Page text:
By Amanda Spoo, USW Assistant Director of Communications

Each year, after thousands of wheat crop samples are analyzed and the results are published in the USW Crop Quality Report, USW invites its overseas customers, including buyers, millers and processors, to seminars led by USW staff, U.S. wheat farmers, state wheat commission staff and educational partner organizations. The seminars dive into grade factors, protein levels, flour extraction rates, dough stability, baking loaf volume, noodle color and texture and more for all six U.S. wheat classes, and are tailored to focus on the needs and trends in each regional market.

In 2017, USW hosted 33 seminars in 25 countries, and many reported seeing record participation. Customers share that they use the report throughout the year as a reference manual and to guide them through purchases and future planning. The seminars provide a first look at the overall crop and a deep dive into the data and how to use it.

"The crop quality booklet is very useful for us as millers for reference and information on wheat quality available for production,” said one participant from Indonesia.

“If we encounter quality issues in our products, we use the wheat quality data to help us make necessary adjustments,” said participants from the Philippines.

Customers will often use the seminars and report as educational training for new employees.

The reports and seminars have been a traditional part of USW’s strategy since 1959, growing to become its single largest marketing activity.


3. New Consumer Food Safety Resources for Flour Millers

Two new resources developed by milling and baking organizations in North America that communicate how consumers can reduce the risk of food-related illness are now available. The North American Millers’ Association (NAMA) and the Canadian National Millers Association (CNMA) have produced a new food safety educational video designed to help eliminate the food safety risk associated with wheat flour by educating consumers on proper handling and baking instructions. In addition, NAMA worked with the U.S. based Home Baking Association to add specific information to its “Baking 101” resource about how consumers can minimize food safety risks with raw flour.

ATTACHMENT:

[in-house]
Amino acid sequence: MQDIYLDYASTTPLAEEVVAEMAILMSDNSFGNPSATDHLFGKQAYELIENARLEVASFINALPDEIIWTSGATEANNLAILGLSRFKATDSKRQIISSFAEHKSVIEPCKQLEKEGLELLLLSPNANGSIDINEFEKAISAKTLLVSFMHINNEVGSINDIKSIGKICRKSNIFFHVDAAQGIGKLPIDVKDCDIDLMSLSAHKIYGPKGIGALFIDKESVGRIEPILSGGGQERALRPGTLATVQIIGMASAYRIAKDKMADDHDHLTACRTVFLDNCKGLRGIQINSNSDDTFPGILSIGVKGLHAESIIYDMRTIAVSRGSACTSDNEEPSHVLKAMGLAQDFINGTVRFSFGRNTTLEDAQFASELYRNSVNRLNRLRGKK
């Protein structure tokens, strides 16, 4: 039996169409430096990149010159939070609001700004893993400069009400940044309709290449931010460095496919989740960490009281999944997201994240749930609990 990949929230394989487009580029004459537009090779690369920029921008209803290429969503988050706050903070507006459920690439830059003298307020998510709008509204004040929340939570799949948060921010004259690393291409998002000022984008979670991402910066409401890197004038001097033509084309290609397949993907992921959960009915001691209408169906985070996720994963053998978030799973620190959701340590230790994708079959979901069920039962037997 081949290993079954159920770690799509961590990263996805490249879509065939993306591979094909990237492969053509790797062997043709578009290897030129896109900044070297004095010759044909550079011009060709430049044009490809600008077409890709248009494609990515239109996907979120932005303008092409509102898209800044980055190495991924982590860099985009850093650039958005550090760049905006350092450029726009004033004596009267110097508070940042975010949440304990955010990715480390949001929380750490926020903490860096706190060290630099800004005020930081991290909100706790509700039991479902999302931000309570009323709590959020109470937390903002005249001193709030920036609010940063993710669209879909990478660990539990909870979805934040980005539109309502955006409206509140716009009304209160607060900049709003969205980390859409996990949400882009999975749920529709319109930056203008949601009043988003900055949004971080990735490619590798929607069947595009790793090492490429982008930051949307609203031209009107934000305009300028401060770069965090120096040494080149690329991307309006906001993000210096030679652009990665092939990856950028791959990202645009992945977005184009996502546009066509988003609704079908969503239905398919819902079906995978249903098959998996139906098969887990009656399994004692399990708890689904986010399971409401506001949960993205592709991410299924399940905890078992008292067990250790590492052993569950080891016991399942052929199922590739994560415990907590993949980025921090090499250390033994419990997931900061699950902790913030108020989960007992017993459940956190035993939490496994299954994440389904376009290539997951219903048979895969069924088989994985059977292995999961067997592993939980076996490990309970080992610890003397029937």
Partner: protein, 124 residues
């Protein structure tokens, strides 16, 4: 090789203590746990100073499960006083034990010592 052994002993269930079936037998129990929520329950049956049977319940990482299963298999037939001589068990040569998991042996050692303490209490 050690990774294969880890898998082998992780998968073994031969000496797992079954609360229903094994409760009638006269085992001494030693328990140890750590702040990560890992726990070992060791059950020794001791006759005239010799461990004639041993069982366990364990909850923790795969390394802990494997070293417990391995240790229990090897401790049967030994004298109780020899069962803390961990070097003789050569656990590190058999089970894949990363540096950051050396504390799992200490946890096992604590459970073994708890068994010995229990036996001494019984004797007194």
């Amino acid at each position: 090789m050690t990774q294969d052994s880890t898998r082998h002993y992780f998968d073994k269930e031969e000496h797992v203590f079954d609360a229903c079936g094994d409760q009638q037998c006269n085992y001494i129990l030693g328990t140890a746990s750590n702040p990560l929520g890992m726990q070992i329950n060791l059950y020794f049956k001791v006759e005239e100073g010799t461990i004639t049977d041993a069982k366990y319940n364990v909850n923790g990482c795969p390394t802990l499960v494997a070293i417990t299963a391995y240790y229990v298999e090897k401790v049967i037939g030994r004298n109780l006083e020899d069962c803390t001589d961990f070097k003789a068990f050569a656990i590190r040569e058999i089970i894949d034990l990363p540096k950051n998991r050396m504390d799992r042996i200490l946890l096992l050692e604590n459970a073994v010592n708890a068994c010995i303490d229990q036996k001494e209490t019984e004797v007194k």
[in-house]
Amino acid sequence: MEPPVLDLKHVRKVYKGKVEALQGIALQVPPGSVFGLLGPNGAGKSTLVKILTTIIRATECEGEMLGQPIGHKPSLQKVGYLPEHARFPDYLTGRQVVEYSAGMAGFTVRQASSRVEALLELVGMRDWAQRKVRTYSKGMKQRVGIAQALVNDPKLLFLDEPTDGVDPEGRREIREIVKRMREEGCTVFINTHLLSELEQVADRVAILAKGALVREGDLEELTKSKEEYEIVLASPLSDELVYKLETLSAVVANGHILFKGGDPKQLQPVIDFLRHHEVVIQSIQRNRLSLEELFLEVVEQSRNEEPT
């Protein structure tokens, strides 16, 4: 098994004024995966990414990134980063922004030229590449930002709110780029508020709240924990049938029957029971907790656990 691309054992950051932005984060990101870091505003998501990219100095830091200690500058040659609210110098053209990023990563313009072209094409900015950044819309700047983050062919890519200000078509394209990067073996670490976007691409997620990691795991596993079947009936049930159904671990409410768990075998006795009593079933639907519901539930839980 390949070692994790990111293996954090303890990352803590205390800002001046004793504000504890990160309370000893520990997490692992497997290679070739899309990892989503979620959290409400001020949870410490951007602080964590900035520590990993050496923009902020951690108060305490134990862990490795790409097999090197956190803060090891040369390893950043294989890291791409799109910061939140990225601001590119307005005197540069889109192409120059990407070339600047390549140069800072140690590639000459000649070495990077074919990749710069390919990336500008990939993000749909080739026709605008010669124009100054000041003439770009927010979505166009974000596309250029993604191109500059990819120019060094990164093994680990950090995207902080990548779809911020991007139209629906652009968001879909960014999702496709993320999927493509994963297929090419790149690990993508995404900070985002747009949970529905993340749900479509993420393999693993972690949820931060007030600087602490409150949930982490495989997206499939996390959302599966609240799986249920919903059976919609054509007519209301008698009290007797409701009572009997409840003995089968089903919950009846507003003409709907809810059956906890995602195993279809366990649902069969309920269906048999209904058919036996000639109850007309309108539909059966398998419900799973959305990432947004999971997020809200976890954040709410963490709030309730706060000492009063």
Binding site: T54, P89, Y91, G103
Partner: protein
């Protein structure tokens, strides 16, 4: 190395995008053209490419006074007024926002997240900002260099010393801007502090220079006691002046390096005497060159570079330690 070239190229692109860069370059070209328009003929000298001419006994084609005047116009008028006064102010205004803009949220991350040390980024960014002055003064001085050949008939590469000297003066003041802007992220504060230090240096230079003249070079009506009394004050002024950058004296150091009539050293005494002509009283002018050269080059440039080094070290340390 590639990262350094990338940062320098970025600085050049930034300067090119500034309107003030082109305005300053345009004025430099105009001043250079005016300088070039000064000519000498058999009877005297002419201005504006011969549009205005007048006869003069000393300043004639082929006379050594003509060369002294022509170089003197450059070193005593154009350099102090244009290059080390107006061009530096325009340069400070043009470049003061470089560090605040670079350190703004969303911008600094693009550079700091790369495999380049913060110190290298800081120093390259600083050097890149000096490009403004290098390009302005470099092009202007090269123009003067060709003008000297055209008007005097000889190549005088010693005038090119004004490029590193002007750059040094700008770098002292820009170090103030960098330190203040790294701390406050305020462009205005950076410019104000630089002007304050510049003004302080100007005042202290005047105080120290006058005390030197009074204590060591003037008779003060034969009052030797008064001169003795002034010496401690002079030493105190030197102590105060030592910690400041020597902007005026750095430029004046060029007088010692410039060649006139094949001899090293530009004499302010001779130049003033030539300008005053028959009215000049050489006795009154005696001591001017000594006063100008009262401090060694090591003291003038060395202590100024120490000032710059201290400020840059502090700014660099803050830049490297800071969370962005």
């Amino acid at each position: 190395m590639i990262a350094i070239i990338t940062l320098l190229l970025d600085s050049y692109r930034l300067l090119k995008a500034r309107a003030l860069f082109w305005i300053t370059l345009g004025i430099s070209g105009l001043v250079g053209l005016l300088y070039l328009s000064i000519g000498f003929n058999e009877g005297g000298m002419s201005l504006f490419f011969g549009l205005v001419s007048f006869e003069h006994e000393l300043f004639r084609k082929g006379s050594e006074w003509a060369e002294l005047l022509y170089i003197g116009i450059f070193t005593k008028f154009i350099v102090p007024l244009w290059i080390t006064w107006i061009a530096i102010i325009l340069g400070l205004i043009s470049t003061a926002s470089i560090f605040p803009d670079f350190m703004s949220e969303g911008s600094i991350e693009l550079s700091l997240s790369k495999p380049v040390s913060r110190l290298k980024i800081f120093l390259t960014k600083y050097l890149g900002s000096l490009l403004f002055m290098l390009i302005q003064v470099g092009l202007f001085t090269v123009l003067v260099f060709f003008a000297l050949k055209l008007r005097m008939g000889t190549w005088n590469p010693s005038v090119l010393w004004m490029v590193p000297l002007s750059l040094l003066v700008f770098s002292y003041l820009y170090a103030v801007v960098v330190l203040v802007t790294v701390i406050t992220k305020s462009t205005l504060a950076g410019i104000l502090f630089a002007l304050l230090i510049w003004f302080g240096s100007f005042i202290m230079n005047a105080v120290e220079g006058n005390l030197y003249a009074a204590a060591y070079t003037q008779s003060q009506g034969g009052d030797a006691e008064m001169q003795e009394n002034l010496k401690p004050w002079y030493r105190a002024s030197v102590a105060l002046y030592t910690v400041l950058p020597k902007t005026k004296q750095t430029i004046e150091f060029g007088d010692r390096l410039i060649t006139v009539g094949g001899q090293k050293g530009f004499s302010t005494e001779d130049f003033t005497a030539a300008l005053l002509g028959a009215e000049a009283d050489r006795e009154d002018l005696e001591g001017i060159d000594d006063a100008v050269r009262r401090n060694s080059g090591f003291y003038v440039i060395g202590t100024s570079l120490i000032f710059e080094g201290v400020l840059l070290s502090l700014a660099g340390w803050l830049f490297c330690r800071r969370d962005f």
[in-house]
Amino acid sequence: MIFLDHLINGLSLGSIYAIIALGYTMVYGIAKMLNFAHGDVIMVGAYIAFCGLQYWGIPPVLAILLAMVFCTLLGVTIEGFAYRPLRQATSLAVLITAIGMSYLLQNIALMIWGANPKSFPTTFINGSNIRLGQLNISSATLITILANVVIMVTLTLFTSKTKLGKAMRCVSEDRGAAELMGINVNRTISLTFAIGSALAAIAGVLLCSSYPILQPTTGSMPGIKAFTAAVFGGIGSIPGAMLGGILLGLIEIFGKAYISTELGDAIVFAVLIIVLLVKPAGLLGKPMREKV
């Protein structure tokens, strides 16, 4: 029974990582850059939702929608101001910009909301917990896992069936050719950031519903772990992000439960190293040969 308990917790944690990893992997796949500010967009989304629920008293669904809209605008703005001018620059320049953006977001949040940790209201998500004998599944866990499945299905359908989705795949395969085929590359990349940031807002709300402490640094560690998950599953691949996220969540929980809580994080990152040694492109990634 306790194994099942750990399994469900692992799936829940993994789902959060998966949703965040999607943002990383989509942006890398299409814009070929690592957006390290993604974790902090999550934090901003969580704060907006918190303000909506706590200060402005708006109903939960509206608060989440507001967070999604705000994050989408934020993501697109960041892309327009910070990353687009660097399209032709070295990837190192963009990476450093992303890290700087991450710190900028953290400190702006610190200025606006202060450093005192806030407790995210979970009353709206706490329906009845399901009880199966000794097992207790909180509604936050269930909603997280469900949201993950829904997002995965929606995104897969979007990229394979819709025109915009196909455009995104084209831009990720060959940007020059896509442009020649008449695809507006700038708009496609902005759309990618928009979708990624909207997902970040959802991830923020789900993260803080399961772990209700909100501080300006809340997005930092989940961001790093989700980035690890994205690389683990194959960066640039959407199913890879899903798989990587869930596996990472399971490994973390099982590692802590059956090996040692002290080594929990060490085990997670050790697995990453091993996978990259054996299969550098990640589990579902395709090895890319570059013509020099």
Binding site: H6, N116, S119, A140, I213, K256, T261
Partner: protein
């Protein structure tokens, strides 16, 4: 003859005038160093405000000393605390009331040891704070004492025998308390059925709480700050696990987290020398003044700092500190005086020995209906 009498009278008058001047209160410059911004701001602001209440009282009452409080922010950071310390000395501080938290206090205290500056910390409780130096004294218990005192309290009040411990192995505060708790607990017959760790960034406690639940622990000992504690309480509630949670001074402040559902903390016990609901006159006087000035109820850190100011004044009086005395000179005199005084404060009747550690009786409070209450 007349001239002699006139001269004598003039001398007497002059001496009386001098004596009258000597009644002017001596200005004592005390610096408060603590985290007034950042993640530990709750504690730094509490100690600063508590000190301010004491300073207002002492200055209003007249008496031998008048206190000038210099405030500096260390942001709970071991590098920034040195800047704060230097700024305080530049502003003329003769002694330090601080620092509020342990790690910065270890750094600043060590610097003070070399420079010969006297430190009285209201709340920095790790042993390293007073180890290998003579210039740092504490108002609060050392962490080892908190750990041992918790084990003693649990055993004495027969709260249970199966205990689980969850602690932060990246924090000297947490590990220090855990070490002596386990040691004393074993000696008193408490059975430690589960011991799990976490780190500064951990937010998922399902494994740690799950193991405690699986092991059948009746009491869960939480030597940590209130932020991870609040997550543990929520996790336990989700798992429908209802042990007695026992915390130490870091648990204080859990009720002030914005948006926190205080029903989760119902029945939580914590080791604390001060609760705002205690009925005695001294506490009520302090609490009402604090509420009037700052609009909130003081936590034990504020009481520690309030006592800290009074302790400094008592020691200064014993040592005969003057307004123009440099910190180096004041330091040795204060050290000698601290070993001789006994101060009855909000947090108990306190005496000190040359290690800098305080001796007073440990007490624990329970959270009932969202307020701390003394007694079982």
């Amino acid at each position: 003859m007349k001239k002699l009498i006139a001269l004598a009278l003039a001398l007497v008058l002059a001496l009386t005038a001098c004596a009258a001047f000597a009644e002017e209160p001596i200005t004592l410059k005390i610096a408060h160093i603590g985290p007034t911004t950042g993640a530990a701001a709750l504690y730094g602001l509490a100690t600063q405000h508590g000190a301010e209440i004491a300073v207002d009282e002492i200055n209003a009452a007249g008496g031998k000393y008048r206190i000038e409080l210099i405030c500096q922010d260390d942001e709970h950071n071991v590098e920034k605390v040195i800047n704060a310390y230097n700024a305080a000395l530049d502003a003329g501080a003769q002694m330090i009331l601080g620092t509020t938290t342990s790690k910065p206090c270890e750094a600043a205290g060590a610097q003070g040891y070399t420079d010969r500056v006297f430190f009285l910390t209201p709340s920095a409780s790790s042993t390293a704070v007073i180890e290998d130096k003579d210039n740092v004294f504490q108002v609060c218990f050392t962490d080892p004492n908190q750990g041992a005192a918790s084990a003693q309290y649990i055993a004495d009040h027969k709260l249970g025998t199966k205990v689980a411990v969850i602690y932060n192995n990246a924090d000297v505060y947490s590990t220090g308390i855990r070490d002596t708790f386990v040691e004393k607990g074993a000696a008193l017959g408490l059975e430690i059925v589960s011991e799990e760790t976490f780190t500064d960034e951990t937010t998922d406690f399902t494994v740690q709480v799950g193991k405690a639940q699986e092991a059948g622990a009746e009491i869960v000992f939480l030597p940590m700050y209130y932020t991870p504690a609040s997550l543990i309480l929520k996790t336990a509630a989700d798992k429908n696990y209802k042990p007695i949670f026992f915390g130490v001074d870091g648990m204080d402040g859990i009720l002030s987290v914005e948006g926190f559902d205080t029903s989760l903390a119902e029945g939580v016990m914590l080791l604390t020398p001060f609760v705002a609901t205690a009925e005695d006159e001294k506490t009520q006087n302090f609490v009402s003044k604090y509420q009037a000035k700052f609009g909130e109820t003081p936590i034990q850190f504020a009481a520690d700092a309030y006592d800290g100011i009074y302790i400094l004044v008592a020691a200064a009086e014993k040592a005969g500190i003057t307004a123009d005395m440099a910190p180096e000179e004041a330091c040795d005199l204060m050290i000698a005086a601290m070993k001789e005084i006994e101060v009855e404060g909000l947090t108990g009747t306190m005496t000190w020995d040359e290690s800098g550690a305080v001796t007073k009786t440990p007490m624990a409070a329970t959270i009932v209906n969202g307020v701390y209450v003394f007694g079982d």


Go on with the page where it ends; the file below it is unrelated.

“Wheat is a healthy and wholesome grain, and an important part of the global food supply,” said NAMA President and CEO James A. McCarthy. “From farm to kitchen, the entire wheat industry is committed to best practices for food safety, and the simple and easy to use video is designed to help consumers understand and apply proper handling and baking procedures so they can safely enjoy their favorite baked goods.”

NAMA, CNMA and the U.S. Food & Drug Administration advise that flour is made from wheat grown and harvested on the farm, and it is possible for wheat to be exposed to environmental sources of E. coli and other bacteria that may present a food safety risk. Thus, raw flour is not ready to eat, and consumers should not eat or taste raw flour, dough or batter prior to cooking or baking as they can cause illness if harmful bacteria are present. However, proper cooking and baking eliminates the food safety risk associated with E. coli and other bacteria in raw wheat flour, dough and batter.

“An informed consumer is a safe consumer when it comes to food safety and at-home baking,” said CNMA President Gordon Harrison. “This video will make it easier for consumers to understand and implement a few simple food safety precautions that help protect them and their families.”

USW has posted the video on its YouTube channel. It is also posted on the CNMA website.

The “Baking 101” developed by the Home Baking Associations now features these baking food safety steps:

1. Store raw flour, baking mixes, dough and eggs separately from ready-to-eat foods.
2. Before baking, tie back long hair, clean counters, assemble ingredients and equipment, wash hands, and apron-up.
3. Keep separate the measuring, mixing and handling of unbaked batter or dough from cooling, serving and packaging of baked products.
4. Test baked products with wooden toothpick or cake tester and food thermometer at center to ensure products are completely baked.
5. Clean tools, work surfaces and equipment with hot, soapy water or in dishwasher.
6. Wash hands before you taste, serve or package baked goods.


4. Hoping the Good News on EU Re-registration of Glyphosate is Not Meaningless
By Ben Conner, USW Director of Policy